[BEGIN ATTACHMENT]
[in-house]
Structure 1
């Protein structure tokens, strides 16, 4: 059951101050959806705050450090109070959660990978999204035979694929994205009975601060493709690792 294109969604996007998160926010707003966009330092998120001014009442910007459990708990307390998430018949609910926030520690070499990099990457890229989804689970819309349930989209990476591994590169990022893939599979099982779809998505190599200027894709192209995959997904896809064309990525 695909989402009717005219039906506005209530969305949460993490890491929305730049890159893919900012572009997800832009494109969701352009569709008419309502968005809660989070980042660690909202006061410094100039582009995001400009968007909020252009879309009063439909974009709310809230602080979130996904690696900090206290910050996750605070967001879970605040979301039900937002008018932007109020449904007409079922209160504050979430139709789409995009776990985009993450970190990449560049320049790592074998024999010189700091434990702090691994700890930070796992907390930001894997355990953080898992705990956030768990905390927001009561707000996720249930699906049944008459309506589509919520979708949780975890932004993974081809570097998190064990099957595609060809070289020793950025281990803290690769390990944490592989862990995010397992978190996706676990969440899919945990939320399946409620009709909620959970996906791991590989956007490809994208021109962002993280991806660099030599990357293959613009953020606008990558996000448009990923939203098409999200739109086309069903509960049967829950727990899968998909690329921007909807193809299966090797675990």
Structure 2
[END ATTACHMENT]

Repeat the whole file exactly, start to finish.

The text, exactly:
[in-house]
Structure 1
């Protein structure tokens, strides 16, 4: 059951101050959806705050450090109070959660990978999204035979694929994205009975601060493709690792 294109969604996007998160926010707003966009330092998120001014009442910007459990708990307390998430018949609910926030520690070499990099990457890229989804689970819309349930989209990476591994590169990022893939599979099982779809998505190599200027894709192209995959997904896809064309990525 695909989402009717005219039906506005209530969305949460993490890491929305730049890159893919900012572009997800832009494109969701352009569709008419309502968005809660989070980042660690909202006061410094100039582009995001400009968007909020252009879309009063439909974009709310809230602080979130996904690696900090206290910050996750605070967001879970605040979301039900937002008018932007109020449904007409079922209160504050979430139709789409995009776990985009993450970190990449560049320049790592074998024999010189700091434990702090691994700890930070796992907390930001894997355990953080898992705990956030768990905390927001009561707000996720249930699906049944008459309506589509919520979708949780975890932004993974081809570097998190064990099957595609060809070289020793950025281990803290690769390990944490592989862990995010397992978190996706676990969440899919945990939320399946409620009709909620959970996906791991590989956007490809994208021109962002993280991806660099030599990357293959613009953020606008990558996000448009990923939203098409999200739109086309069903509960049967829950727990899968998909690329921007909807193809299966090797675990």
Structure 2